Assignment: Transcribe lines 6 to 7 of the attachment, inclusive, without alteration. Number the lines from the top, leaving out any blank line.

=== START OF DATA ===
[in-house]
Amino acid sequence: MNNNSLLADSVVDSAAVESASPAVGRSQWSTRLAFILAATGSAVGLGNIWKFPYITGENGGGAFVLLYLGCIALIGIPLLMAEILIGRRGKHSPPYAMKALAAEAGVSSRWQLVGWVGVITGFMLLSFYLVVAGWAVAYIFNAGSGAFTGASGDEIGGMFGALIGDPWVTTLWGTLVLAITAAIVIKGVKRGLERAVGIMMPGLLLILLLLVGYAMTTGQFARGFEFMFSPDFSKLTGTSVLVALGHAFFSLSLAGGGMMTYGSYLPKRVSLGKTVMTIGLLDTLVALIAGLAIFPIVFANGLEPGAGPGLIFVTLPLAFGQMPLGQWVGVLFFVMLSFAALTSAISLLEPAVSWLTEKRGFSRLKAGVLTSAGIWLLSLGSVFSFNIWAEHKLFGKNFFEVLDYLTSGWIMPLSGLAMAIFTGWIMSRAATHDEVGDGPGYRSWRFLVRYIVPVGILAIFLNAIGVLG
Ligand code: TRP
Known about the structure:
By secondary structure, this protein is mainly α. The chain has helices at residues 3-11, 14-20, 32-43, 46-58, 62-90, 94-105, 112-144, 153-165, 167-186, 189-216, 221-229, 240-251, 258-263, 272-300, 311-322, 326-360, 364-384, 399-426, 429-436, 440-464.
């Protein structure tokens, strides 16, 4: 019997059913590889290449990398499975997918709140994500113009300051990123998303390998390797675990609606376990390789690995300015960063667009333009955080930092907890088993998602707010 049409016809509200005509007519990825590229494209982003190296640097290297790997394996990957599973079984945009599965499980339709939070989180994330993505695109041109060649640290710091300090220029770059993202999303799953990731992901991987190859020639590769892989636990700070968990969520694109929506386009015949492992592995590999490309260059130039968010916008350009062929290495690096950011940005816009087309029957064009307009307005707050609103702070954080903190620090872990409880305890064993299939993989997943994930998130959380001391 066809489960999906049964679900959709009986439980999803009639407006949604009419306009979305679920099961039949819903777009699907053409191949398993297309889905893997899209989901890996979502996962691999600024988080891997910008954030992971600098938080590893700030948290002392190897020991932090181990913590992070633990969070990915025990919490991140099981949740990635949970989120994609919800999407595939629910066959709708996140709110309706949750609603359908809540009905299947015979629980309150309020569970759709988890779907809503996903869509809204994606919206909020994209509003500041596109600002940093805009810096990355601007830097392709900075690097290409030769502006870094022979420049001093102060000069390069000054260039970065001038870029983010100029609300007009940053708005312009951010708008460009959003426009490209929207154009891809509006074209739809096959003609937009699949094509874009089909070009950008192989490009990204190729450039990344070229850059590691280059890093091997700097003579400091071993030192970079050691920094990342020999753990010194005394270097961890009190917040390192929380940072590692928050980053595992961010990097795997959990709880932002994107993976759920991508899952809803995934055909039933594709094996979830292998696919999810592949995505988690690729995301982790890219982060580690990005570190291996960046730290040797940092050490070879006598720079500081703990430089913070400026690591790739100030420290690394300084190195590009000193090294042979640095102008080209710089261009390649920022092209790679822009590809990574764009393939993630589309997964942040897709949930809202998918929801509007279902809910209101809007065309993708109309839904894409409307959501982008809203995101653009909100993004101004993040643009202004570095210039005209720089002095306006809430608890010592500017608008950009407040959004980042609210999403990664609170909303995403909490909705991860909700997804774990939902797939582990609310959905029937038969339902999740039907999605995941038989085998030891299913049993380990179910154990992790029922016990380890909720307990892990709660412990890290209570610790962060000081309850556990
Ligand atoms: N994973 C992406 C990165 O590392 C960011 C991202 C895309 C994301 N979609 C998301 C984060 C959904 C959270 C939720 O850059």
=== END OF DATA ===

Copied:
């Protein structure tokens, strides 16, 4: 019997059913590889290449990398499975997918709140994500113009300051990123998303390998390797675990609606376990390789690995300015960063667009333009955080930092907890088993998602707010 049409016809509200005509007519990825590229494209982003190296640097290297790997394996990957599973079984945009599965499980339709939070989180994330993505695109041109060649640290710091300090220029770059993202999303799953990731992901991987190859020639590769892989636990700070968990969520694109929506386009015949492992592995590999490309260059130039968010916008350009062929290495690096950011940005816009087309029957064009307009307005707050609103702070954080903190620090872990409880305890064993299939993989997943994930998130959380001391 066809489960999906049964679900959709009986439980999803009639407006949604009419306009979305679920099961039949819903777009699907053409191949398993297309889905893997899209989901890996979502996962691999600024988080891997910008954030992971600098938080590893700030948290002392190897020991932090181990913590992070633990969070990915025990919490991140099981949740990635949970989120994609919800999407595939629910066959709708996140709110309706949750609603359908809540009905299947015979629980309150309020569970759709988890779907809503996903869509809204994606919206909020994209509003500041596109600002940093805009810096990355601007830097392709900075690097290409030769502006870094022979420049001093102060000069390069000054260039970065001038870029983010100029609300007009940053708005312009951010708008460009959003426009490209929207154009891809509006074209739809096959003609937009699949094509874009089909070009950008192989490009990204190729450039990344070229850059590691280059890093091997700097003579400091071993030192970079050691920094990342020999753990010194005394270097961890009190917040390192929380940072590692928050980053595992961010990097795997959990709880932002994107993976759920991508899952809803995934055909039933594709094996979830292998696919999810592949995505988690690729995301982790890219982060580690990005570190291996960046730290040797940092050490070879006598720079500081703990430089913070400026690591790739100030420290690394300084190195590009000193090294042979640095102008080209710089261009390649920022092209790679822009590809990574764009393939993630589309997964942040897709949930809202998918929801509007279902809910209101809007065309993708109309839904894409409307959501982008809203995101653009909100993004101004993040643009202004570095210039005209720089002095306006809430608890010592500017608008950009407040959004980042609210999403990664609170909303995403909490909705991860909700997804774990939902797939582990609310959905029937038969339902999740039907999605995941038989085998030891299913049993380990179910154990992790029922016990380890909720307990892990709660412990890290209570610790962060000081309850556990
Ligand atoms: N994973 C992406 C990165 O590392 C960011 C991202 C895309 C994301 N979609 C998301 C984060 C959904 C959270 C939720 O850059």